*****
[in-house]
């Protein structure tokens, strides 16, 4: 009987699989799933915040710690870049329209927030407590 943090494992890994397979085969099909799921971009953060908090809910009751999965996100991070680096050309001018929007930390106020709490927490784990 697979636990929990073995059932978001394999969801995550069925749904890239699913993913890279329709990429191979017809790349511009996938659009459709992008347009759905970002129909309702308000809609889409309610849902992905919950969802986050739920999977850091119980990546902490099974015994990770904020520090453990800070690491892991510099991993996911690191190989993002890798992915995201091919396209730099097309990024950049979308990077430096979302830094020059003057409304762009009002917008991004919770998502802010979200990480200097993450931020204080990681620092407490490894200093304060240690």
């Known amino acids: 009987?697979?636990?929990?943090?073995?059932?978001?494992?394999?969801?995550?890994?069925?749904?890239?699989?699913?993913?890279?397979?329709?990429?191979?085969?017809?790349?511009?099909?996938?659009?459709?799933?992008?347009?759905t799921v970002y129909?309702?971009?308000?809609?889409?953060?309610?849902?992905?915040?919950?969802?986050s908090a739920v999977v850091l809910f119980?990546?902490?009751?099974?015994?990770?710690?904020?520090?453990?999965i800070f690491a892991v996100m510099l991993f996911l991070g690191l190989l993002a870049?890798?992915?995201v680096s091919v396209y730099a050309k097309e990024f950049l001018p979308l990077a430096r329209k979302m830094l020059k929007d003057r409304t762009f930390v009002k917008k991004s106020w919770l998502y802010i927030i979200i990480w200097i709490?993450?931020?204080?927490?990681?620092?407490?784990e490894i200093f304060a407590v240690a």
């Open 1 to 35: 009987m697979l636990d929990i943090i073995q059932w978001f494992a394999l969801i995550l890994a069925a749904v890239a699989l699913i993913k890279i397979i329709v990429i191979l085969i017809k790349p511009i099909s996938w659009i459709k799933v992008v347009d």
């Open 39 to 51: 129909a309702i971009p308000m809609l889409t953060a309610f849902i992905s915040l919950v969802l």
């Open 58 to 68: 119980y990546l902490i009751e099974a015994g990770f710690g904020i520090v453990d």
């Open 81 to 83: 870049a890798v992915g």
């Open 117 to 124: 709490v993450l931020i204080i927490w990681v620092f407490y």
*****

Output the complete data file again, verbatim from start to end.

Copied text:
[in-house]
């Protein structure tokens, strides 16, 4: 009987699989799933915040710690870049329209927030407590 943090494992890994397979085969099909799921971009953060908090809910009751999965996100991070680096050309001018929007930390106020709490927490784990 697979636990929990073995059932978001394999969801995550069925749904890239699913993913890279329709990429191979017809790349511009996938659009459709992008347009759905970002129909309702308000809609889409309610849902992905919950969802986050739920999977850091119980990546902490099974015994990770904020520090453990800070690491892991510099991993996911690191190989993002890798992915995201091919396209730099097309990024950049979308990077430096979302830094020059003057409304762009009002917008991004919770998502802010979200990480200097993450931020204080990681620092407490490894200093304060240690």
């Known amino acids: 009987?697979?636990?929990?943090?073995?059932?978001?494992?394999?969801?995550?890994?069925?749904?890239?699989?699913?993913?890279?397979?329709?990429?191979?085969?017809?790349?511009?099909?996938?659009?459709?799933?992008?347009?759905t799921v970002y129909?309702?971009?308000?809609?889409?953060?309610?849902?992905?915040?919950?969802?986050s908090a739920v999977v850091l809910f119980?990546?902490?009751?099974?015994?990770?710690?904020?520090?453990?999965i800070f690491a892991v996100m510099l991993f996911l991070g690191l190989l993002a870049?890798?992915?995201v680096s091919v396209y730099a050309k097309e990024f950049l001018p979308l990077a430096r329209k979302m830094l020059k929007d003057r409304t762009f930390v009002k917008k991004s106020w919770l998502y802010i927030i979200i990480w200097i709490?993450?931020?204080?927490?990681?620092?407490?784990e490894i200093f304060a407590v240690a």
């Open 1 to 35: 009987m697979l636990d929990i943090i073995q059932w978001f494992a394999l969801i995550l890994a069925a749904v890239a699989l699913i993913k890279i397979i329709v990429i191979l085969i017809k790349p511009i099909s996938w659009i459709k799933v992008v347009d």
């Open 39 to 51: 129909a309702i971009p308000m809609l889409t953060a309610f849902i992905s915040l919950v969802l």
């Open 58 to 68: 119980y990546l902490i009751e099974a015994g990770f710690g904020i520090v453990d």
């Open 81 to 83: 870049a890798v992915g």
């Open 117 to 124: 709490v993450l931020i204080i927490w990681v620092f407490y």